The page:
U.S. Secretary of Education Arne Duncan has announced that over the next decade, every school should replace their textbooks with tablets or e-reader devices. According to Education News
, the Federal Communications Commission (FCC)
is on board with this plan, having conducted studies on the cost effectiveness of this switch for schools. But despite the initial savings, some experts have expressed concerns with high Wi-Fi costs and decreased retention of reading materials among students.
In a Project RED report, the FCC
did a cost breakdown of traditional learning versus “New Learning” with tablets replacing textbooks. A traditional environment costs an average of $3,871 per student annually, including hardware, assessment and curriculum costs. The New Learning cost came to $3,621 per student annually and included paperwork, connectivity and professional development costs. Additionally, tablets will cost less over time, bringing an even greater savings to districts. While the savings would be significant nationwide, districts are concerned with “hidden” costs, most notably Wi-Fi services. Mashable
reports that New York City schools had to ban new devices from accessing school Wi-Fi due to servers being maxed out. The FCC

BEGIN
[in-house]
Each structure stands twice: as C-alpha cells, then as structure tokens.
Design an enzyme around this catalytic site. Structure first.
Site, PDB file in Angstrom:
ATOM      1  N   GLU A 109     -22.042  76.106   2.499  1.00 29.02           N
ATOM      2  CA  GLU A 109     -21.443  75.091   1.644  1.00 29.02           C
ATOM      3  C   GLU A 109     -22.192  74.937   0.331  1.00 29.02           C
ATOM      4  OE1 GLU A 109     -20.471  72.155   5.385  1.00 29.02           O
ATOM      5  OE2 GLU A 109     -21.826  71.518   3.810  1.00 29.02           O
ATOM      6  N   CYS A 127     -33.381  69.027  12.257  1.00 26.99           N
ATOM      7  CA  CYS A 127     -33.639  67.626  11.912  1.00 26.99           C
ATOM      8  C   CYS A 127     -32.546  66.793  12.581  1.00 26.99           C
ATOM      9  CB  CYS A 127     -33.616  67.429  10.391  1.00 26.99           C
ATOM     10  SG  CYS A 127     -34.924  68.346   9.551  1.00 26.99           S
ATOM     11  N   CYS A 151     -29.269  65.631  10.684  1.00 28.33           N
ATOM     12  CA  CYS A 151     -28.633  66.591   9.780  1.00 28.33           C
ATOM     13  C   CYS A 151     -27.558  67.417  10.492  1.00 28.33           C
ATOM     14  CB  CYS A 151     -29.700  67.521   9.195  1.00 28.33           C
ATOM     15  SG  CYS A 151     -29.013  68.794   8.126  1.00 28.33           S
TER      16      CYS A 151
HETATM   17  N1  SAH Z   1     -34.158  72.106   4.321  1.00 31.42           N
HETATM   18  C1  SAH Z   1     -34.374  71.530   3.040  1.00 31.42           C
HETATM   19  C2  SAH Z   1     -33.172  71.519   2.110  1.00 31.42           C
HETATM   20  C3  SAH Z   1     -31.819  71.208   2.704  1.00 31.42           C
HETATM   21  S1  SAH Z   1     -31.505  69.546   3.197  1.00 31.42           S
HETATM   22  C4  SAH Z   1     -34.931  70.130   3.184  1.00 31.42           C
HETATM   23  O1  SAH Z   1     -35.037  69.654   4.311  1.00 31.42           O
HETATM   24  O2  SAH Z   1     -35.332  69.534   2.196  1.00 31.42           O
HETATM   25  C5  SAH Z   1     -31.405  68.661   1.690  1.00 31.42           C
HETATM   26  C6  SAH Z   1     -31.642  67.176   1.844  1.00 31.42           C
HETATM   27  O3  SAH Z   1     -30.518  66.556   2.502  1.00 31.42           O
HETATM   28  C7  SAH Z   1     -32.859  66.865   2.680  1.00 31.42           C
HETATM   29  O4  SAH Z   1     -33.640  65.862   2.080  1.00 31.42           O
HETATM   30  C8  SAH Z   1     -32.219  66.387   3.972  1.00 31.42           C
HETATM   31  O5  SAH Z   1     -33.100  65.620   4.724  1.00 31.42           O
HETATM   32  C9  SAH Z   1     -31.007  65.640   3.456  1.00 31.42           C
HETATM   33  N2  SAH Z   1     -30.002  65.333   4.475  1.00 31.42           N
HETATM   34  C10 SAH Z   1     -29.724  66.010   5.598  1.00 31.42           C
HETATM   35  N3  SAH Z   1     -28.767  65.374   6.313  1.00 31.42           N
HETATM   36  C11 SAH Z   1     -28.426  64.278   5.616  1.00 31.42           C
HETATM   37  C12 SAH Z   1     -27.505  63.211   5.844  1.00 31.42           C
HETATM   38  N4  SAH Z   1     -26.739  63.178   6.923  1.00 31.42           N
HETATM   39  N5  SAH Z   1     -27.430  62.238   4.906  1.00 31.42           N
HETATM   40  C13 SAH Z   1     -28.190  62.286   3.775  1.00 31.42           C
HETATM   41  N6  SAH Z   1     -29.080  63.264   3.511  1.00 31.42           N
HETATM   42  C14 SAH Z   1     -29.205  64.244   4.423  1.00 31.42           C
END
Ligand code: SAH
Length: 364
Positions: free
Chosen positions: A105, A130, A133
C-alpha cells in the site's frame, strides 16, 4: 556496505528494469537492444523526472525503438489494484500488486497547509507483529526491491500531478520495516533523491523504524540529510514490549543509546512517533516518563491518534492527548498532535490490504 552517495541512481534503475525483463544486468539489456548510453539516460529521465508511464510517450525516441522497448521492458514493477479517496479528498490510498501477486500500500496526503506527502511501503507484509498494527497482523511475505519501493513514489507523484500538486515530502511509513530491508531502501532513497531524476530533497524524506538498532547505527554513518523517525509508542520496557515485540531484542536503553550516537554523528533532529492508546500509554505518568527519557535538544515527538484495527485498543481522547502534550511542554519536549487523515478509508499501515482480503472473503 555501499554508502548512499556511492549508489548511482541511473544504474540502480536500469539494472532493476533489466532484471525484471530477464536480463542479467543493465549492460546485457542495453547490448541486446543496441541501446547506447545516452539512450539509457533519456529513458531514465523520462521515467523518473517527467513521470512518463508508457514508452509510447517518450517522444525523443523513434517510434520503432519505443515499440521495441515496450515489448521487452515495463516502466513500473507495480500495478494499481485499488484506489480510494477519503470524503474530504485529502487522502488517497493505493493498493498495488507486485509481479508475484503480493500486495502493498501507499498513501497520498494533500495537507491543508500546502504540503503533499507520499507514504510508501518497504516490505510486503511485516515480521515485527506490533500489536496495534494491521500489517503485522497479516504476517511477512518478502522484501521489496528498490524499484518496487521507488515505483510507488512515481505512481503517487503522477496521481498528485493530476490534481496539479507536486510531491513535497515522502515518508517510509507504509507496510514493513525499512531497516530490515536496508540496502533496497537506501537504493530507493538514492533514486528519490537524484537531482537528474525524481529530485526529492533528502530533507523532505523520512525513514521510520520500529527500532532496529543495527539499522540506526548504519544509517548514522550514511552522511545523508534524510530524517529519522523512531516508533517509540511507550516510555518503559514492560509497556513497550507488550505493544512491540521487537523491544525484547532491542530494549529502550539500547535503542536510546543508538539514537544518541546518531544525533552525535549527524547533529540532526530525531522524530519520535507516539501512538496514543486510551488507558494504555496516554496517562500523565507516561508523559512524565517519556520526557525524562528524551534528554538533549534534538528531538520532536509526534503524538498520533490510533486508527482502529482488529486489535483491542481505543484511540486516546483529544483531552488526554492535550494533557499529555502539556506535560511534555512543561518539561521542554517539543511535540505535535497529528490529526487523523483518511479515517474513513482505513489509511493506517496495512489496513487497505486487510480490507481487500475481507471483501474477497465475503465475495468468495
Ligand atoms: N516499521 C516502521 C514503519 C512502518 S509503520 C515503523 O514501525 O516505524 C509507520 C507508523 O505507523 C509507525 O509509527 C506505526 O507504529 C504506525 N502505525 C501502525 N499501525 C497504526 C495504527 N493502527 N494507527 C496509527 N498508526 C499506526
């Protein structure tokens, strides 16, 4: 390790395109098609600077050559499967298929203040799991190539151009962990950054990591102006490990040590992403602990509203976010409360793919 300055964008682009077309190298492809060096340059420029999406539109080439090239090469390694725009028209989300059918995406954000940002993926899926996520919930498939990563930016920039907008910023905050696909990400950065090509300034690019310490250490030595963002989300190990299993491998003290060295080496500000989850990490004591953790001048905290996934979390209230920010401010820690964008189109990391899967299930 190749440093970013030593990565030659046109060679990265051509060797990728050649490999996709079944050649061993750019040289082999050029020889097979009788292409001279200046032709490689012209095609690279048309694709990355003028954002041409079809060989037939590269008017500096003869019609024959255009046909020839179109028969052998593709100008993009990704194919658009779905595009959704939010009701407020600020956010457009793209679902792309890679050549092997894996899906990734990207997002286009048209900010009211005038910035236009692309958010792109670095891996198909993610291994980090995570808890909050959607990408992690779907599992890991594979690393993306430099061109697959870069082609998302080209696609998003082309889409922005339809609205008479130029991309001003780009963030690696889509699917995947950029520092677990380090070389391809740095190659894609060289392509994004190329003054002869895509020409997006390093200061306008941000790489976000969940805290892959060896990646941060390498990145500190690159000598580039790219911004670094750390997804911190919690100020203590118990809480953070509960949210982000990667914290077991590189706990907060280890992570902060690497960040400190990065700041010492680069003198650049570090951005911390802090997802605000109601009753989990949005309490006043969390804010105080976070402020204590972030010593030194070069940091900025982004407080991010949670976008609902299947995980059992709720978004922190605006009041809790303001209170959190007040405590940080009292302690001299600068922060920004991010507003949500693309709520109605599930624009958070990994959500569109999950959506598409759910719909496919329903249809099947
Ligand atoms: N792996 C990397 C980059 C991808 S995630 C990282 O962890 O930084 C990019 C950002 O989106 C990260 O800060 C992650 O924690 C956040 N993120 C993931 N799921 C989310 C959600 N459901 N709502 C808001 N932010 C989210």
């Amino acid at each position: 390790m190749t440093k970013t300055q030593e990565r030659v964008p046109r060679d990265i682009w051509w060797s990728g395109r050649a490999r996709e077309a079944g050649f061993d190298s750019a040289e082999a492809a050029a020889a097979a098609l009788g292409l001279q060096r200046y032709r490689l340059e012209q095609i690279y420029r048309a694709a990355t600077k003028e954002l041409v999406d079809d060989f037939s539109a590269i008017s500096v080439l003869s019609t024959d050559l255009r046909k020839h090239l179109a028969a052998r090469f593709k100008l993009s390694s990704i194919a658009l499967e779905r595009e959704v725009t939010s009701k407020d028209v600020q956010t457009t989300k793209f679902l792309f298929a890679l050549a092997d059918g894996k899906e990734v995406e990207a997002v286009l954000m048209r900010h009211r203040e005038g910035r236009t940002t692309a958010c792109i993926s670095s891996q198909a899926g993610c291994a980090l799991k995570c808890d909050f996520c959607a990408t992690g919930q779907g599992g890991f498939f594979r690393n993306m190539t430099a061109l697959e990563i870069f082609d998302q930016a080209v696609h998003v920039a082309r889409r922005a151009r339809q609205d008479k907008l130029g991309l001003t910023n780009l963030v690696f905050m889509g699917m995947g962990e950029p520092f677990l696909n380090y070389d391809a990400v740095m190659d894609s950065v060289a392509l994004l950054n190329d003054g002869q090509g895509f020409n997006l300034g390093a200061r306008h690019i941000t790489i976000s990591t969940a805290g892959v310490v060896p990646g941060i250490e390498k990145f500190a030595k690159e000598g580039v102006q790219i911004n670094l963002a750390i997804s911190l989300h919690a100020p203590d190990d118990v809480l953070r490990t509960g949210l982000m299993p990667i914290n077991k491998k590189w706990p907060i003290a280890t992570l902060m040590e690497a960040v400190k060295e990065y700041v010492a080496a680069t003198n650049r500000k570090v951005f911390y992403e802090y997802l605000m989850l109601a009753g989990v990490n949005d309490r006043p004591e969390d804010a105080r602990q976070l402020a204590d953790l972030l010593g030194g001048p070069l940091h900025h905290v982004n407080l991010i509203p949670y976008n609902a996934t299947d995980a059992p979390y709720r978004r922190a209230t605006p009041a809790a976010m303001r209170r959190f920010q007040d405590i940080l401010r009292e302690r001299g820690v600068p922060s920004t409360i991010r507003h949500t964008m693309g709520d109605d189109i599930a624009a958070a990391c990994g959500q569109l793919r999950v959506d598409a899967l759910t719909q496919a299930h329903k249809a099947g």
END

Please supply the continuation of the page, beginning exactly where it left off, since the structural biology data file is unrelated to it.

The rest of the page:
is prepared with plans to combat this challenge, like “Learning-on-the-Go” devices, an e-rate program to bring affordable connections to schools over fiber lines, and “School Spots” so that schools can provide Internet to the community outside of regular school hours.
High-performing South Korea is using digital textbooks, and the FCC
reports that students who have access to technology at home have graduation rates of six to eight percent higher than students with no access. Additionally, many of the textbooks used in schools are outdated, often containing obsolete information, and must be periodically updated to remain current. Education News
reports that textbook publishing giant Houghton Mifflin Harcourt conducted a pilot study in California, at the Riverside Unified School District. Students who used Algebra I digital texts scored higher on standardized tests compared with peers who used standard texts. While these arguments for digital texts are compelling, there may be retention issues associated with digital materials. Mashable
cites a study conducted by Kate Garland, a psychology professor at the University of Leicester. Using both digital and traditional texts, she found significant differences between the two when students were asked to answer text-based questions. When students read traditional print texts, they understood more information on a deeper level.
Looking to the Future